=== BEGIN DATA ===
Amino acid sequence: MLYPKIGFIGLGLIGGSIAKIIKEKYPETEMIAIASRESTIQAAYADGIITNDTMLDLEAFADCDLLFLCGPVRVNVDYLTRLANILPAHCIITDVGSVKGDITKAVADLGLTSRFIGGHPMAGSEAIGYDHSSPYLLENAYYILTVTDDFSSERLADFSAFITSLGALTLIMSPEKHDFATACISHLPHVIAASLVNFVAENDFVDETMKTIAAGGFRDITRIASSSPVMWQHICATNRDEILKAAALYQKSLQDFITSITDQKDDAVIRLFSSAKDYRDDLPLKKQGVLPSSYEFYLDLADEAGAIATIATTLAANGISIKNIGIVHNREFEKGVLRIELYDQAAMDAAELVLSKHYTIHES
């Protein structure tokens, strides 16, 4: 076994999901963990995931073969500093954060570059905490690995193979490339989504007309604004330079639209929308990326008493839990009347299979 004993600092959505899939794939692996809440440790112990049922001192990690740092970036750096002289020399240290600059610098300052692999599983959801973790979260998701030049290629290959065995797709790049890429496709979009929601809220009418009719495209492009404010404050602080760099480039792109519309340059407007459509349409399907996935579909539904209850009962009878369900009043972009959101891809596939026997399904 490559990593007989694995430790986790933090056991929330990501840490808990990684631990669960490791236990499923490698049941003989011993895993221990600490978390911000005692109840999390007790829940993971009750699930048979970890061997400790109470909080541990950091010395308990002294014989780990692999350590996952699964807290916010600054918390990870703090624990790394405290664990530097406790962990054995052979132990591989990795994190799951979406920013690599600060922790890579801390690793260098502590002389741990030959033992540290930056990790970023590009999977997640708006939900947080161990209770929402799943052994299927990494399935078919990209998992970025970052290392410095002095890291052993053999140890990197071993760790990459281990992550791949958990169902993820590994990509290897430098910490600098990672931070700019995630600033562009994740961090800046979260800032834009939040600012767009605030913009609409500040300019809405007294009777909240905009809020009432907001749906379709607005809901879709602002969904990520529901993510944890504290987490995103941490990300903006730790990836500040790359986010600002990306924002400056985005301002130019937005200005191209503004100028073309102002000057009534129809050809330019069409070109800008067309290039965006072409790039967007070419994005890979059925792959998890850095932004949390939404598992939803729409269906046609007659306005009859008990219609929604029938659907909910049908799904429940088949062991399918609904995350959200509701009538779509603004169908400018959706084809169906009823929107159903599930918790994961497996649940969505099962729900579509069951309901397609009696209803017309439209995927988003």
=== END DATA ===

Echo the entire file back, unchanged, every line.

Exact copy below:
Amino acid sequence: MLYPKIGFIGLGLIGGSIAKIIKEKYPETEMIAIASRESTIQAAYADGIITNDTMLDLEAFADCDLLFLCGPVRVNVDYLTRLANILPAHCIITDVGSVKGDITKAVADLGLTSRFIGGHPMAGSEAIGYDHSSPYLLENAYYILTVTDDFSSERLADFSAFITSLGALTLIMSPEKHDFATACISHLPHVIAASLVNFVAENDFVDETMKTIAAGGFRDITRIASSSPVMWQHICATNRDEILKAAALYQKSLQDFITSITDQKDDAVIRLFSSAKDYRDDLPLKKQGVLPSSYEFYLDLADEAGAIATIATTLAANGISIKNIGIVHNREFEKGVLRIELYDQAAMDAAELVLSKHYTIHES
């Protein structure tokens, strides 16, 4: 076994999901963990995931073969500093954060570059905490690995193979490339989504007309604004330079639209929308990326008493839990009347299979 004993600092959505899939794939692996809440440790112990049922001192990690740092970036750096002289020399240290600059610098300052692999599983959801973790979260998701030049290629290959065995797709790049890429496709979009929601809220009418009719495209492009404010404050602080760099480039792109519309340059407007459509349409399907996935579909539904209850009962009878369900009043972009959101891809596939026997399904 490559990593007989694995430790986790933090056991929330990501840490808990990684631990669960490791236990499923490698049941003989011993895993221990600490978390911000005692109840999390007790829940993971009750699930048979970890061997400790109470909080541990950091010395308990002294014989780990692999350590996952699964807290916010600054918390990870703090624990790394405290664990530097406790962990054995052979132990591989990795994190799951979406920013690599600060922790890579801390690793260098502590002389741990030959033992540290930056990790970023590009999977997640708006939900947080161990209770929402799943052994299927990494399935078919990209998992970025970052290392410095002095890291052993053999140890990197071993760790990459281990992550791949958990169902993820590994990509290897430098910490600098990672931070700019995630600033562009994740961090800046979260800032834009939040600012767009605030913009609409500040300019809405007294009777909240905009809020009432907001749906379709607005809901879709602002969904990520529901993510944890504290987490995103941490990300903006730790990836500040790359986010600002990306924002400056985005301002130019937005200005191209503004100028073309102002000057009534129809050809330019069409070109800008067309290039965006072409790039967007070419994005890979059925792959998890850095932004949390939404598992939803729409269906046609007659306005009859008990219609929604029938659907909910049908799904429940088949062991399918609904995350959200509701009538779509603004169908400018959706084809169906009823929107159903599930918790994961497996649940969505099962729900579509069951309901397609009696209803017309439209995927988003």